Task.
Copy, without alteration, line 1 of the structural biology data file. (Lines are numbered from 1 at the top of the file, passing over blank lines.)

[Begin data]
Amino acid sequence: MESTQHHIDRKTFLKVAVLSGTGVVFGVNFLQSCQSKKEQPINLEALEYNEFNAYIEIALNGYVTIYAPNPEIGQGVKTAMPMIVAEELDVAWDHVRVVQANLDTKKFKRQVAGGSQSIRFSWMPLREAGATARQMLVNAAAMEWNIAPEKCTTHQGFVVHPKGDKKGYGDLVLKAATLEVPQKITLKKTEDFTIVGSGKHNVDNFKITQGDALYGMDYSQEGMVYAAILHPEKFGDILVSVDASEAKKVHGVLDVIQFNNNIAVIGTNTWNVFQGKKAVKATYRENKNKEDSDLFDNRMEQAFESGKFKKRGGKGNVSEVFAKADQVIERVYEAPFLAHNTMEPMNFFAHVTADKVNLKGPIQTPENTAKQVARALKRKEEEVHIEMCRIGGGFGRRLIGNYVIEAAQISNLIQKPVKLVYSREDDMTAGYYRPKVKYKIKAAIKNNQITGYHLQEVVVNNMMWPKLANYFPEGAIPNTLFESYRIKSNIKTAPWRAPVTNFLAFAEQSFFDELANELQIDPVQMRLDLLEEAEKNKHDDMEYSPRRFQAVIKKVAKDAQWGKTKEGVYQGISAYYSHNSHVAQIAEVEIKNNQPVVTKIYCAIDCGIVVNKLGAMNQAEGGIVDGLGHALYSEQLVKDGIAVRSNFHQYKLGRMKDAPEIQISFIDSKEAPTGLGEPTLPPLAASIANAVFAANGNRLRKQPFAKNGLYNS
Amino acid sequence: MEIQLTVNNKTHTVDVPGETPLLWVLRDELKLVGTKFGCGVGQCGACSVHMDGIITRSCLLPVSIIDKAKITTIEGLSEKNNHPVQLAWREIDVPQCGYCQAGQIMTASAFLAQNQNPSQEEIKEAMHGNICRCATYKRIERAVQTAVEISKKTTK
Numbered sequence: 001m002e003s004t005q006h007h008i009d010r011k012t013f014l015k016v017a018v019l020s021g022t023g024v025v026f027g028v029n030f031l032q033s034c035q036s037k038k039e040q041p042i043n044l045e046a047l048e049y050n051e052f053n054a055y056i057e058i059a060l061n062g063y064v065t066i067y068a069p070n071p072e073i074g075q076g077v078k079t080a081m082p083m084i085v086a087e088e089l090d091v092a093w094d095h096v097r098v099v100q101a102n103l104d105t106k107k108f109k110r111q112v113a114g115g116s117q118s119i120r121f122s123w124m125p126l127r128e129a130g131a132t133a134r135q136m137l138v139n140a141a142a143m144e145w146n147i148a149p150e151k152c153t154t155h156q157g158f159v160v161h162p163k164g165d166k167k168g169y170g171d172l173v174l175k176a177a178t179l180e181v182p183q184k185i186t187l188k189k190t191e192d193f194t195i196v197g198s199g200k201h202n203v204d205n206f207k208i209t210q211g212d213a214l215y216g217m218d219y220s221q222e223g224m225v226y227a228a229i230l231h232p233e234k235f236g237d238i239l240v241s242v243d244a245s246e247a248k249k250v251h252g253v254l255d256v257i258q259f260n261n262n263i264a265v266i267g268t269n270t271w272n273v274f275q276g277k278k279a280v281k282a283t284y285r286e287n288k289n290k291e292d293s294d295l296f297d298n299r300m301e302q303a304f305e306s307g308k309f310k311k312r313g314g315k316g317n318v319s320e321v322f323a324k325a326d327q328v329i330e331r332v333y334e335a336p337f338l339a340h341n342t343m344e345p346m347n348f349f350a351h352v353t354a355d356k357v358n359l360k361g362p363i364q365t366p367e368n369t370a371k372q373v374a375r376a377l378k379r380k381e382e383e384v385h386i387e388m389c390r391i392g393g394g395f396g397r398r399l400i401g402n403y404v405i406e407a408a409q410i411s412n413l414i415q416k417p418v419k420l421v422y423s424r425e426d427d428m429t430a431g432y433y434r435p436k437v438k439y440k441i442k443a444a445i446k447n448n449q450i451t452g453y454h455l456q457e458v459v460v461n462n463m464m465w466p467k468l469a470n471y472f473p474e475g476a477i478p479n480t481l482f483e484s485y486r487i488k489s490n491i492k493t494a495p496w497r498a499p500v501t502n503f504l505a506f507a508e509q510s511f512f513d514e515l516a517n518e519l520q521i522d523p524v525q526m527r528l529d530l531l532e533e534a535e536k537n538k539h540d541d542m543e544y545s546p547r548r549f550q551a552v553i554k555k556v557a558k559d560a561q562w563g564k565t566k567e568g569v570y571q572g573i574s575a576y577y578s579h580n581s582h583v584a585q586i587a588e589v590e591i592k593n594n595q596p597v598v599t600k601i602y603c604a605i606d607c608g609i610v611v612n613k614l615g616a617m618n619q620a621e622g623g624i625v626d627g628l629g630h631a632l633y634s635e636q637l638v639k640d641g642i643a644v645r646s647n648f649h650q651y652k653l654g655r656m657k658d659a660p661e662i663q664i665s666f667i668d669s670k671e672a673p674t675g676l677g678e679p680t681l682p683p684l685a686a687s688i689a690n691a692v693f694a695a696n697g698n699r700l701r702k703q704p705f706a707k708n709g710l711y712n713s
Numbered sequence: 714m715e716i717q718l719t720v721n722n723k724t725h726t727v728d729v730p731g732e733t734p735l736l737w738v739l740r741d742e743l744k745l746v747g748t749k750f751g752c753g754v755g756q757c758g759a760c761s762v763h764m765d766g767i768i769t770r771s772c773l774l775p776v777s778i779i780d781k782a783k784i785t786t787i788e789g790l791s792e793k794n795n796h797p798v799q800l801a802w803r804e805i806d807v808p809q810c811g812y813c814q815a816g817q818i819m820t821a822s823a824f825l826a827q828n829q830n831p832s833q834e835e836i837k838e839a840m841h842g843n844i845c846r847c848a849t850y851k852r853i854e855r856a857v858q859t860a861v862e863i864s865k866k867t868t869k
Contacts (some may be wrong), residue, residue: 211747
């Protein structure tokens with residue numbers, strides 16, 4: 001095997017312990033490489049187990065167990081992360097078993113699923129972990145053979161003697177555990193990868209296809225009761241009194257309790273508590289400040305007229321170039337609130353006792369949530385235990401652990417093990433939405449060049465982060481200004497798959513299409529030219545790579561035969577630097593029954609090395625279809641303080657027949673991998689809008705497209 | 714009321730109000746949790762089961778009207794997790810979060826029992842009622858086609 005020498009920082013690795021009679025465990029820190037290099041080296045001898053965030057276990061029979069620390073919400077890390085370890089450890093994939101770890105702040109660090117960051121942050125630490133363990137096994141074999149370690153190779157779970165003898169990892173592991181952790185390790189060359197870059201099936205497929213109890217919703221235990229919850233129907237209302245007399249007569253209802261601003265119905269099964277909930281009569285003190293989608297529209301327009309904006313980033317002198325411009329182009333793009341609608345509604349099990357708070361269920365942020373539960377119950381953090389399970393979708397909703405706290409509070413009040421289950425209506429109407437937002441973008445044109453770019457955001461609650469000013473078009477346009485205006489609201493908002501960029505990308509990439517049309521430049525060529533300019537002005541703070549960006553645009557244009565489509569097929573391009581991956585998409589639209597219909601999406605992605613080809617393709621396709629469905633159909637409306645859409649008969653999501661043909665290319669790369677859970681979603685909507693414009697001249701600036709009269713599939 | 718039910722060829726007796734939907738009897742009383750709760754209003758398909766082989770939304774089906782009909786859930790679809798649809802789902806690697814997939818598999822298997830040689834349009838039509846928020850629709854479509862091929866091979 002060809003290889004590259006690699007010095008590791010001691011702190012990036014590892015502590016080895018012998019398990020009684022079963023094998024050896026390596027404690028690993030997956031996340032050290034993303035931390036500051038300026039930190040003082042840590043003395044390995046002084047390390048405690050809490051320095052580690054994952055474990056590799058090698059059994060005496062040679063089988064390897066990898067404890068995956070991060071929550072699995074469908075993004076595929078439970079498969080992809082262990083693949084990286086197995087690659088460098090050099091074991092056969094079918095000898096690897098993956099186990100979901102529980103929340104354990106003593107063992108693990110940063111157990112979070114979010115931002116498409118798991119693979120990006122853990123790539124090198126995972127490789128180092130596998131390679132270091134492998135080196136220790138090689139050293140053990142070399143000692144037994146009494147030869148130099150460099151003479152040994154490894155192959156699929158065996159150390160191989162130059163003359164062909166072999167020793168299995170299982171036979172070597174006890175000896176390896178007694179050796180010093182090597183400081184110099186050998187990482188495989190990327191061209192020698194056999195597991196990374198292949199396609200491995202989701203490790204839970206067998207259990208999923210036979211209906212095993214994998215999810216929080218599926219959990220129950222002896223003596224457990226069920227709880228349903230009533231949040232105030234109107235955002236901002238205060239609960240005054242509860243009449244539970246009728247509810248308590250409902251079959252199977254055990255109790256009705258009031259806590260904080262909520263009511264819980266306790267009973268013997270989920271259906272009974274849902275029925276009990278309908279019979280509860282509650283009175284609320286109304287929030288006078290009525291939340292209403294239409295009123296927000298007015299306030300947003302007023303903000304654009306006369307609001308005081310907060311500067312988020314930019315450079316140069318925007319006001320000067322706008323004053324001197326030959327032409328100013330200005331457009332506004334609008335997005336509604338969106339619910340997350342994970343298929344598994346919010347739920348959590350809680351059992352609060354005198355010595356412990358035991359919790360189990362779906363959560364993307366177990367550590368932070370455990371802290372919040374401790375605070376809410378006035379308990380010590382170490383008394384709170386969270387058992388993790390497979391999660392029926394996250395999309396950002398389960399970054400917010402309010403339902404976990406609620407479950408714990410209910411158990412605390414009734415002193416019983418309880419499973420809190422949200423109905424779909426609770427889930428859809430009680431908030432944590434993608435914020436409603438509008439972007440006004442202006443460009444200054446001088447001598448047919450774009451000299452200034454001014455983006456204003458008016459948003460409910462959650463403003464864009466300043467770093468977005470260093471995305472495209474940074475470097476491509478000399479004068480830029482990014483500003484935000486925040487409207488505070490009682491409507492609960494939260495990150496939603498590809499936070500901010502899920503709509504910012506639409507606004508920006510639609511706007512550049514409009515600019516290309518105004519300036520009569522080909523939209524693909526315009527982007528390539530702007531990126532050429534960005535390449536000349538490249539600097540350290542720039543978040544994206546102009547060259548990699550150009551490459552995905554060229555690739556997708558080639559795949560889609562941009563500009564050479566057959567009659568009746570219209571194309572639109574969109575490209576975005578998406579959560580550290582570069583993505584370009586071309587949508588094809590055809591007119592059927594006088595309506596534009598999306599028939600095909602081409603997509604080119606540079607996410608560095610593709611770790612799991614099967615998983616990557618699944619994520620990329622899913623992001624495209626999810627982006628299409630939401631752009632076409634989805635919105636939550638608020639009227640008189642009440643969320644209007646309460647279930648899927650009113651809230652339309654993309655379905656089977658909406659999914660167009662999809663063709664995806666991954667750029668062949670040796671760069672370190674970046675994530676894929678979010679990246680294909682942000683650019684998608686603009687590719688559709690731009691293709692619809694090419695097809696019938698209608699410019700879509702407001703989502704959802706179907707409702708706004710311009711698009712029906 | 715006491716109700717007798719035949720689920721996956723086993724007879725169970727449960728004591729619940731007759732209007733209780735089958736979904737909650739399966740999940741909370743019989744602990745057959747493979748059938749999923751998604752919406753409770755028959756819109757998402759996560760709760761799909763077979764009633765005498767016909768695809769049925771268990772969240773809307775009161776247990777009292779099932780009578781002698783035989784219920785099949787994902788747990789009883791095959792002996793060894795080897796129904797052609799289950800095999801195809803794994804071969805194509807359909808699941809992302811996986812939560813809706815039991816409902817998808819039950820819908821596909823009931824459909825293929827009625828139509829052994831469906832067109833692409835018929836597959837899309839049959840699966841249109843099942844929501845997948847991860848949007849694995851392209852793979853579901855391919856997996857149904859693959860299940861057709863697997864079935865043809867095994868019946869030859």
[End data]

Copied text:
Amino acid sequence: MESTQHHIDRKTFLKVAVLSGTGVVFGVNFLQSCQSKKEQPINLEALEYNEFNAYIEIALNGYVTIYAPNPEIGQGVKTAMPMIVAEELDVAWDHVRVVQANLDTKKFKRQVAGGSQSIRFSWMPLREAGATARQMLVNAAAMEWNIAPEKCTTHQGFVVHPKGDKKGYGDLVLKAATLEVPQKITLKKTEDFTIVGSGKHNVDNFKITQGDALYGMDYSQEGMVYAAILHPEKFGDILVSVDASEAKKVHGVLDVIQFNNNIAVIGTNTWNVFQGKKAVKATYRENKNKEDSDLFDNRMEQAFESGKFKKRGGKGNVSEVFAKADQVIERVYEAPFLAHNTMEPMNFFAHVTADKVNLKGPIQTPENTAKQVARALKRKEEEVHIEMCRIGGGFGRRLIGNYVIEAAQISNLIQKPVKLVYSREDDMTAGYYRPKVKYKIKAAIKNNQITGYHLQEVVVNNMMWPKLANYFPEGAIPNTLFESYRIKSNIKTAPWRAPVTNFLAFAEQSFFDELANELQIDPVQMRLDLLEEAEKNKHDDMEYSPRRFQAVIKKVAKDAQWGKTKEGVYQGISAYYSHNSHVAQIAEVEIKNNQPVVTKIYCAIDCGIVVNKLGAMNQAEGGIVDGLGHALYSEQLVKDGIAVRSNFHQYKLGRMKDAPEIQISFIDSKEAPTGLGEPTLPPLAASIANAVFAANGNRLRKQPFAKNGLYNS